Supporting the mental wellbeing of line managers
Research from the Chartered Institute of Management shows that the average manager puts in an extra 7.5 hours a week, equating to 44 more working days a year. That effectively cancels out holiday allowance and such demands mean that one in 10 managers have reported taking sick leave for stress and mental health issues over the last year.
When it comes to addressing mental health at work much has been written about the importance of mental health first aid training for line managers and their role in promoting support services, such as EAPs, to employees. And while this is vitally important in creating a culture of acceptance around mental health, we must also ensure that the line managers themselves, are not overlooked.
“Managers are often under pressure to be ‘always on’, checking and responding to emails and calls out of hours or when on holiday and it is often this digital presenteeism that negatively impacts work-life balance and increases stress levels in managers,” said Neil Mountford, EAPA chair.
“Failure to address the pressures and concerns facing managers can also lead to bad management which in turn creates additional stress and poor mental wellbeing both for the manager and potentially those in their teams. We also know that managers are often the most reluctant group to seek support for issues that are affecting them and that seeking help can be viewed as a sign of ‘weakness’ or worry that they may be judged and unable to cope.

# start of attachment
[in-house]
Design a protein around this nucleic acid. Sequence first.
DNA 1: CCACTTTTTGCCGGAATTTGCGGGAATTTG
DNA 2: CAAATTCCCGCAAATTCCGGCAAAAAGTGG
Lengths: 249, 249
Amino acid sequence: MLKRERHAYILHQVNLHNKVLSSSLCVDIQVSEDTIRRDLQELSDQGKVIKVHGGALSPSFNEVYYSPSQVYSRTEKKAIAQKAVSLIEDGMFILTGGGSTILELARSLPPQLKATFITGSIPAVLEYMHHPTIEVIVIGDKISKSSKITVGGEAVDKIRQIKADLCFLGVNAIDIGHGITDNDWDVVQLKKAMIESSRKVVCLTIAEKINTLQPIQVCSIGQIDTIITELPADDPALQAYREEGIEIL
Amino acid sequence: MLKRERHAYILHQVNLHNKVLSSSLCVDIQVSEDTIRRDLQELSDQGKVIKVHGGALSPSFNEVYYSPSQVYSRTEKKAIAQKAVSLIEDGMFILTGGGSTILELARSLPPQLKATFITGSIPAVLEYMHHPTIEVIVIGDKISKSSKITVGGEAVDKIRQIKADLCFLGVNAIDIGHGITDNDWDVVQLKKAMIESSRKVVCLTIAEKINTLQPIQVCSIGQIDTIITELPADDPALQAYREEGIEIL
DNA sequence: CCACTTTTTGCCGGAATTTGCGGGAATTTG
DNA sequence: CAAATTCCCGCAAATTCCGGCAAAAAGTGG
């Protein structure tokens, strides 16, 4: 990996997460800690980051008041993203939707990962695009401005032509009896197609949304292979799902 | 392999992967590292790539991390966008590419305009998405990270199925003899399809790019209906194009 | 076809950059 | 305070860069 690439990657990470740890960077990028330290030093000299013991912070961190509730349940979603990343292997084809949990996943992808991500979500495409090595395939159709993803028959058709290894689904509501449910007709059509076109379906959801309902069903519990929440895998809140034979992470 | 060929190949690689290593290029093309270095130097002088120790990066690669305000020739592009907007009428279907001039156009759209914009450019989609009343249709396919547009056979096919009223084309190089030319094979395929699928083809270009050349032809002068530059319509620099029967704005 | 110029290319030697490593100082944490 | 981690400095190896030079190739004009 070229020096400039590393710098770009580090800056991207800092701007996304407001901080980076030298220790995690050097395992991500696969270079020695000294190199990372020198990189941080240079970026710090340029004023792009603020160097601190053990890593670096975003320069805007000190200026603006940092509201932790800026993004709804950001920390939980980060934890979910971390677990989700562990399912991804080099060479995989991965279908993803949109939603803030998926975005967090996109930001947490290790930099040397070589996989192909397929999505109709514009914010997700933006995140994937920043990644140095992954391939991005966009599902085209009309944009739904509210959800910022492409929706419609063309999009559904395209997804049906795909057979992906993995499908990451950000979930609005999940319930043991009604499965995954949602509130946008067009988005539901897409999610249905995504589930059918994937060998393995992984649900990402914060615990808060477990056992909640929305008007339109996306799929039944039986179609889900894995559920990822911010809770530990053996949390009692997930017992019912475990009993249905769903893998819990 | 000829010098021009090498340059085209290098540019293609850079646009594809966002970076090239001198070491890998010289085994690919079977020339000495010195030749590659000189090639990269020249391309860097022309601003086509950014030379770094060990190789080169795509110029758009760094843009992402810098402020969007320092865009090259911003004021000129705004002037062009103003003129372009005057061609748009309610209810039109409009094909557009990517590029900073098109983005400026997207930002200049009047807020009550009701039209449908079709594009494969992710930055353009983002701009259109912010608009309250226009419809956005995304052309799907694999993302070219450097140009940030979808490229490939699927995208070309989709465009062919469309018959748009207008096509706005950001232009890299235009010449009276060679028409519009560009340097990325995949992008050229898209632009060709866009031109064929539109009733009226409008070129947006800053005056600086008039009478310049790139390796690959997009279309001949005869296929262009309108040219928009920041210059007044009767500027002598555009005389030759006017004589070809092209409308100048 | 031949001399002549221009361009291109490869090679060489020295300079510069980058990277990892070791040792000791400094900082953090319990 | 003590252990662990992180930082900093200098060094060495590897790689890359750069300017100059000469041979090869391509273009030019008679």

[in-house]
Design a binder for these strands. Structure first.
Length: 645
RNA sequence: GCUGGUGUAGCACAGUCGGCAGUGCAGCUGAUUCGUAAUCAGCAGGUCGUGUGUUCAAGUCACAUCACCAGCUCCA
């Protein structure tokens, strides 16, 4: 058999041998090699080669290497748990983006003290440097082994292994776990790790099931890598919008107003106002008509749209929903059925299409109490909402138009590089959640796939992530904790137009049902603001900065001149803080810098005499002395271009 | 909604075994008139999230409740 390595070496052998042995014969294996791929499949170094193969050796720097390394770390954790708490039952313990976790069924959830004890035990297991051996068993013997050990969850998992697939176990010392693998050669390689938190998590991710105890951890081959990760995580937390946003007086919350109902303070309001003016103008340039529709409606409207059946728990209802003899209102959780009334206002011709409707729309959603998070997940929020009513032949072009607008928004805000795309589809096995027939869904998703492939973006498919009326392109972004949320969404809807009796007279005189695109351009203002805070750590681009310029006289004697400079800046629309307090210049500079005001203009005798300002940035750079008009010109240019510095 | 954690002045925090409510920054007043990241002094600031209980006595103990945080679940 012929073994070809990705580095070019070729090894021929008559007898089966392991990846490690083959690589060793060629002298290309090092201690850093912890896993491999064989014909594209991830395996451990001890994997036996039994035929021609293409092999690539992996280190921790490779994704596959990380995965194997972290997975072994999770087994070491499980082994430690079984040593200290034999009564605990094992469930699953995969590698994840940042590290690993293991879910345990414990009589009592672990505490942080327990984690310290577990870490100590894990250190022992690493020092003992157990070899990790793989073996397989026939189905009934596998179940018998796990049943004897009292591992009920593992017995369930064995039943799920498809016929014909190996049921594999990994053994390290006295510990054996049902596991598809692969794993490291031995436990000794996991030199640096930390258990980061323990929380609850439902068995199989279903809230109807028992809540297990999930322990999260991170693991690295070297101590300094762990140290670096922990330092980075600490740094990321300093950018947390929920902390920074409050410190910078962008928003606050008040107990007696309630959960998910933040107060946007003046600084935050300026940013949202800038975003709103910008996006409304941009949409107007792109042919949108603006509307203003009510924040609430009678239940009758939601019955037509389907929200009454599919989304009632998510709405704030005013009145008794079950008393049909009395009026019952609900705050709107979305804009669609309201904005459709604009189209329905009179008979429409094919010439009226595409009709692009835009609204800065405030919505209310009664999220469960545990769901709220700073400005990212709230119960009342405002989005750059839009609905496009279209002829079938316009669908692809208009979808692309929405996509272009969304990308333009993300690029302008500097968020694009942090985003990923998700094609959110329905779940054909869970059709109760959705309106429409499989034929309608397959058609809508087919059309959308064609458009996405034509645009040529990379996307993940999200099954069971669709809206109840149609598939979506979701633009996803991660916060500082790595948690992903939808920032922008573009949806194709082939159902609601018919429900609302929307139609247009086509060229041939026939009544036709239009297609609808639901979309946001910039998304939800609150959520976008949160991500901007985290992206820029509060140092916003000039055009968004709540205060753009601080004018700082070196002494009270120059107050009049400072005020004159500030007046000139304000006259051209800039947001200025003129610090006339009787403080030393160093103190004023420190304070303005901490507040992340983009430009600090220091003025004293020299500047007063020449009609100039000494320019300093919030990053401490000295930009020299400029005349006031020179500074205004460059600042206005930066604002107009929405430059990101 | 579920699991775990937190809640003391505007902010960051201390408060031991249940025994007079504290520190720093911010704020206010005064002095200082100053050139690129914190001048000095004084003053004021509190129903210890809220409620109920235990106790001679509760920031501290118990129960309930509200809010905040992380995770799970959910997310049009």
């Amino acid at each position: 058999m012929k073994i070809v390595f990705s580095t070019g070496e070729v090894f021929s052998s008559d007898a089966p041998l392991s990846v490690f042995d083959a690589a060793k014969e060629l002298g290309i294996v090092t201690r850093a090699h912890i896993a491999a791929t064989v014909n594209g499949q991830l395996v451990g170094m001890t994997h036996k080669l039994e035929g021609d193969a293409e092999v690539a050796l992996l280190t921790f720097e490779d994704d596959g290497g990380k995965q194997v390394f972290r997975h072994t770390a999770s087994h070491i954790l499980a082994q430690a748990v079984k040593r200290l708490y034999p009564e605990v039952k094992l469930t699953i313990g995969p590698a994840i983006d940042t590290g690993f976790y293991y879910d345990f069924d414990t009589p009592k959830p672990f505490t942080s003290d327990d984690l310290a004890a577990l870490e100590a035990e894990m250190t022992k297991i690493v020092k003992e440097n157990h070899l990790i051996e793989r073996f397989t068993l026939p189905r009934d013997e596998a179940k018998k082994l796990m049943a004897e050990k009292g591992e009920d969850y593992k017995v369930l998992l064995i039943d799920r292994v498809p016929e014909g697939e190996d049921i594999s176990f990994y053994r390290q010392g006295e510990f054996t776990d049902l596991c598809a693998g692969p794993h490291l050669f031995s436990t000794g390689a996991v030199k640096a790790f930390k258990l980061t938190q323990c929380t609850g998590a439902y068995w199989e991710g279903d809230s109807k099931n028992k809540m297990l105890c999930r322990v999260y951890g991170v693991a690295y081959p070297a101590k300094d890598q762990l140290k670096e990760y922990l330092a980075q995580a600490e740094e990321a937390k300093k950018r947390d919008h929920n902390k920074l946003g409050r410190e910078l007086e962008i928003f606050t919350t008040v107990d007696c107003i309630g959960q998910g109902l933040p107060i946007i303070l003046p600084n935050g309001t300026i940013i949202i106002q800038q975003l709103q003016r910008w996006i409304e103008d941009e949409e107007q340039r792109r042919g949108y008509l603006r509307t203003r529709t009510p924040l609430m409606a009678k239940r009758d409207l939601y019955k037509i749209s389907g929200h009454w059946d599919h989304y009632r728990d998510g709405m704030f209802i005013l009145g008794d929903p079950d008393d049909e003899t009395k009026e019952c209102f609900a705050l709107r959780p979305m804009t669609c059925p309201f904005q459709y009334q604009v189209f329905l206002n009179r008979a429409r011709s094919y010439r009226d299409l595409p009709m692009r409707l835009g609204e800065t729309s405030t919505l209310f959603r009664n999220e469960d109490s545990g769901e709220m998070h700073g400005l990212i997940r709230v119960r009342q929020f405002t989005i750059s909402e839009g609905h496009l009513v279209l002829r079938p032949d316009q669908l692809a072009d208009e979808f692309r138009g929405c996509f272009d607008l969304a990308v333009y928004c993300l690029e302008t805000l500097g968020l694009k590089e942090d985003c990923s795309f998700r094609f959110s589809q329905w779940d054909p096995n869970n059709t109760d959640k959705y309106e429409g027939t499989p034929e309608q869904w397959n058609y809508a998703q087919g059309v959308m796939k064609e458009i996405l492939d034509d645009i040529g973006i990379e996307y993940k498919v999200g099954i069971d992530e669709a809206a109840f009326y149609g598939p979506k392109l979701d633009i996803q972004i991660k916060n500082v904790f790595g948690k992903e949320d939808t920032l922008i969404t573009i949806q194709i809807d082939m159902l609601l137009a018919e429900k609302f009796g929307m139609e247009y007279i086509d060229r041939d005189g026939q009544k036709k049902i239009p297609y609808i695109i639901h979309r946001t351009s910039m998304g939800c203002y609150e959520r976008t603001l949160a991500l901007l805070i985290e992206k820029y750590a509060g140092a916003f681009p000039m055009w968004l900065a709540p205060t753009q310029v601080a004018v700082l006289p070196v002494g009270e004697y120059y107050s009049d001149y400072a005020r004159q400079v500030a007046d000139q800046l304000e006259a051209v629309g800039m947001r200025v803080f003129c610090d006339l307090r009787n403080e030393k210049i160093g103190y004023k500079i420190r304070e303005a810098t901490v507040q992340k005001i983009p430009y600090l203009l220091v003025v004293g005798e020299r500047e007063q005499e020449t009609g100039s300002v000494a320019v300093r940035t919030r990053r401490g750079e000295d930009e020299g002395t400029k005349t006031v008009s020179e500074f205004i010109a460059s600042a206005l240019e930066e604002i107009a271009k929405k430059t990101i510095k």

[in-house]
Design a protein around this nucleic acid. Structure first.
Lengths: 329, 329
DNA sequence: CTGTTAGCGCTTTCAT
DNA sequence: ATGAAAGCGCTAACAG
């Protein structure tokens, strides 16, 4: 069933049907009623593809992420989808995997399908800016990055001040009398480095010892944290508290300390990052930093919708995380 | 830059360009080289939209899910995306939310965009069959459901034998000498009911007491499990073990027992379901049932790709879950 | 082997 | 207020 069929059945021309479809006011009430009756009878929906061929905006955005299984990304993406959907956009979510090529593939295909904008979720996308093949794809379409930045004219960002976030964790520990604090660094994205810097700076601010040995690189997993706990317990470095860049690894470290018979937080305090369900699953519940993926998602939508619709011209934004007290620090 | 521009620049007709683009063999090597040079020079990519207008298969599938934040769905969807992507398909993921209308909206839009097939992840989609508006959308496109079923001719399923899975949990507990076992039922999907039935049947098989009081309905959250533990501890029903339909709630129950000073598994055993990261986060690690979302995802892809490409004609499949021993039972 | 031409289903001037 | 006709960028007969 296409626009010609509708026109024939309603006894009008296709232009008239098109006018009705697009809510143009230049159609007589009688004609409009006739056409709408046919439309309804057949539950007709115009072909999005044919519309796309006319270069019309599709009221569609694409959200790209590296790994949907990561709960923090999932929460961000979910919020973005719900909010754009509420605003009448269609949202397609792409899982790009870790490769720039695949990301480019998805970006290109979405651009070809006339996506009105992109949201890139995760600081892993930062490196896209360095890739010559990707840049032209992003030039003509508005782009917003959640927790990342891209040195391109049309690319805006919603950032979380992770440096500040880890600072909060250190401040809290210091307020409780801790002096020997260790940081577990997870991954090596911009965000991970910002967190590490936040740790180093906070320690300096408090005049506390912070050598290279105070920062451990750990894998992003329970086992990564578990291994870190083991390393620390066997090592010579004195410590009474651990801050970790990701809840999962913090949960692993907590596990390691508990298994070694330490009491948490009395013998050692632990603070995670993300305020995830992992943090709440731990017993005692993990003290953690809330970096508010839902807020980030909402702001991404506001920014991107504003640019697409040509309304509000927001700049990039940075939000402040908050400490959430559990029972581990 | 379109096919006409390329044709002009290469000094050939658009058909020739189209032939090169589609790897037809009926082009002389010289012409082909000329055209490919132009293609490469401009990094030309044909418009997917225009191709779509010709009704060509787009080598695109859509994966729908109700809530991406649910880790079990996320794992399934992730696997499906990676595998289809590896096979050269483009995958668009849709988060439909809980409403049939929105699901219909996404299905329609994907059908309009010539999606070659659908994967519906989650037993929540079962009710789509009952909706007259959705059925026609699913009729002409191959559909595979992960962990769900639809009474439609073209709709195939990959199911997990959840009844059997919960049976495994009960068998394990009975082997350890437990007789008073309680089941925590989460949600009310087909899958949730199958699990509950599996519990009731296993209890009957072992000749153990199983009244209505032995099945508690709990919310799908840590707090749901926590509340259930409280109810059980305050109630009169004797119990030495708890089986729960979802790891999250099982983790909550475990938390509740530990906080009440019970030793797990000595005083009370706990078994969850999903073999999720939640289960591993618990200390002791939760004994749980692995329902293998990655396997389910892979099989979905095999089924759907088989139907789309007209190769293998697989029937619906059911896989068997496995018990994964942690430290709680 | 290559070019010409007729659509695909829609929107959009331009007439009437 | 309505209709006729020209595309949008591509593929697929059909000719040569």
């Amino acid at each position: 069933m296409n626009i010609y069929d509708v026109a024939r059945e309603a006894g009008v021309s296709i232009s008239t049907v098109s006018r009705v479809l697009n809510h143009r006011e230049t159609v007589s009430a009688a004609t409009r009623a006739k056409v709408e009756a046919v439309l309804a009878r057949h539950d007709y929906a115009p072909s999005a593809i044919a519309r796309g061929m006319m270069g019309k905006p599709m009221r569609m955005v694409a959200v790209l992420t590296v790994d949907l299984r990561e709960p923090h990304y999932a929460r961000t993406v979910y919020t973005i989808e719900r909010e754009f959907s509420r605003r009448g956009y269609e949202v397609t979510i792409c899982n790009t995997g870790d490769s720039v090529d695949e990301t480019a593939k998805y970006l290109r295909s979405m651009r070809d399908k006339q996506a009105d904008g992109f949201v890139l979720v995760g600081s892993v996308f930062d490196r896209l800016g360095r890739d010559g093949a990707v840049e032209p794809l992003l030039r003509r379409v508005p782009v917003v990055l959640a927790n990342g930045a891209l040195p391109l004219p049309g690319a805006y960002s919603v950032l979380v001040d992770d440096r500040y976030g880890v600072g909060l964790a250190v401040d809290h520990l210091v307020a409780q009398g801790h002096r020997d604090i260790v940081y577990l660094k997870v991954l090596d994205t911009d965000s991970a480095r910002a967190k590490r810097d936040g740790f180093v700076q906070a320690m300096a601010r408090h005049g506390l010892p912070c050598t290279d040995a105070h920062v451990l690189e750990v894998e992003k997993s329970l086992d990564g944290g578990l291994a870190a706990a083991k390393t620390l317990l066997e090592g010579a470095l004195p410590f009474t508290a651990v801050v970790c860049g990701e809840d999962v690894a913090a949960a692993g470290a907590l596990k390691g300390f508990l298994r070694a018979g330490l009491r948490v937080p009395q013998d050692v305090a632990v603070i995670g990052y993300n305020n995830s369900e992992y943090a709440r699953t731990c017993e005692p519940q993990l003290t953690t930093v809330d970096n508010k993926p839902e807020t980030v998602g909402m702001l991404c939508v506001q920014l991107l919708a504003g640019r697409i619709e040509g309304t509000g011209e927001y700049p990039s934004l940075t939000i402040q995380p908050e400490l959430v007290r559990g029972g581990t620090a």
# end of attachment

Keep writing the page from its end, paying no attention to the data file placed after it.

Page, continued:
“Changing the organisational culture to be more supportive of mental health should therefore also involve changing manager attitudes and behaviours and encouraging them to take action to address issues affecting their own mental wellbeing. EAPs, can be an important resource for managers. Most will offer a Manager Consultation service which provides the opportunity for managers to discuss issues they are struggling with in a confidential setting and an approach that is generally practical and pragmatic.
“To encourage more effective use of these types of services, we urge employers to promote EAPs as a useful professional and personal development tool for managers, rather than simply a safety net for those who can’t cope,” said Neil.